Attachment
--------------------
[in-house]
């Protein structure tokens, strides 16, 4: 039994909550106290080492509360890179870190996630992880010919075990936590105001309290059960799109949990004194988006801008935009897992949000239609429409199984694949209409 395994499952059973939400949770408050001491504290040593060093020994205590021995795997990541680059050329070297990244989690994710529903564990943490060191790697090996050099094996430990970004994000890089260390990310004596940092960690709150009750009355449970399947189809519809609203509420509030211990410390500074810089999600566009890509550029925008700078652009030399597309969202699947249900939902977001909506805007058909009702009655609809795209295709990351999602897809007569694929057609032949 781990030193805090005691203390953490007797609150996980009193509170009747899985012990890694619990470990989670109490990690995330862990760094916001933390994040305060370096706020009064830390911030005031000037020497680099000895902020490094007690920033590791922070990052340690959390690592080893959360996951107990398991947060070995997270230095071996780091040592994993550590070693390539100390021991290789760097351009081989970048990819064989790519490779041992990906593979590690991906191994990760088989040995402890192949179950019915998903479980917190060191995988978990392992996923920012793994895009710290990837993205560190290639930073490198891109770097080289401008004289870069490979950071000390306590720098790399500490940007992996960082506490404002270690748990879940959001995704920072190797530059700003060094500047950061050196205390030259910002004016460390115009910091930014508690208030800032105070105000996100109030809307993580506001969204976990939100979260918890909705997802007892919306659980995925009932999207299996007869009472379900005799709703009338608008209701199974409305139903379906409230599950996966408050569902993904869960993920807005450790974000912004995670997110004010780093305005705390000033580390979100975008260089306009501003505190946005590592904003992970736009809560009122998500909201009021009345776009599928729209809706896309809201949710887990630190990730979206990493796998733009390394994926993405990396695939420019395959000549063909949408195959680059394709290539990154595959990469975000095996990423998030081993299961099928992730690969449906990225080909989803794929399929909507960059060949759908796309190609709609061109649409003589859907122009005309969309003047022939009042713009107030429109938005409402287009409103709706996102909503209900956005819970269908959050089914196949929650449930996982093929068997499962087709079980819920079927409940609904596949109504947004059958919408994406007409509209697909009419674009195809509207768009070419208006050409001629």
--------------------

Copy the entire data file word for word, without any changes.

[in-house]
């Protein structure tokens, strides 16, 4: 039994909550106290080492509360890179870190996630992880010919075990936590105001309290059960799109949990004194988006801008935009897992949000239609429409199984694949209409 395994499952059973939400949770408050001491504290040593060093020994205590021995795997990541680059050329070297990244989690994710529903564990943490060191790697090996050099094996430990970004994000890089260390990310004596940092960690709150009750009355449970399947189809519809609203509420509030211990410390500074810089999600566009890509550029925008700078652009030399597309969202699947249900939902977001909506805007058909009702009655609809795209295709990351999602897809007569694929057609032949 781990030193805090005691203390953490007797609150996980009193509170009747899985012990890694619990470990989670109490990690995330862990760094916001933390994040305060370096706020009064830390911030005031000037020497680099000895902020490094007690920033590791922070990052340690959390690592080893959360996951107990398991947060070995997270230095071996780091040592994993550590070693390539100390021991290789760097351009081989970048990819064989790519490779041992990906593979590690991906191994990760088989040995402890192949179950019915998903479980917190060191995988978990392992996923920012793994895009710290990837993205560190290639930073490198891109770097080289401008004289870069490979950071000390306590720098790399500490940007992996960082506490404002270690748990879940959001995704920072190797530059700003060094500047950061050196205390030259910002004016460390115009910091930014508690208030800032105070105000996100109030809307993580506001969204976990939100979260918890909705997802007892919306659980995925009932999207299996007869009472379900005799709703009338608008209701199974409305139903379906409230599950996966408050569902993904869960993920807005450790974000912004995670997110004010780093305005705390000033580390979100975008260089306009501003505190946005590592904003992970736009809560009122998500909201009021009345776009599928729209809706896309809201949710887990630190990730979206990493796998733009390394994926993405990396695939420019395959000549063909949408195959680059394709290539990154595959990469975000095996990423998030081993299961099928992730690969449906990225080909989803794929399929909507960059060949759908796309190609709609061109649409003589859907122009005309969309003047022939009042713009107030429109938005409402287009409103709706996102909503209900956005819970269908959050089914196949929650449930996982093929068997499962087709079980819920079927409940609904596949109504947004059958919408994406007409509209697909009419674009195809509207768009070419208006050409001629």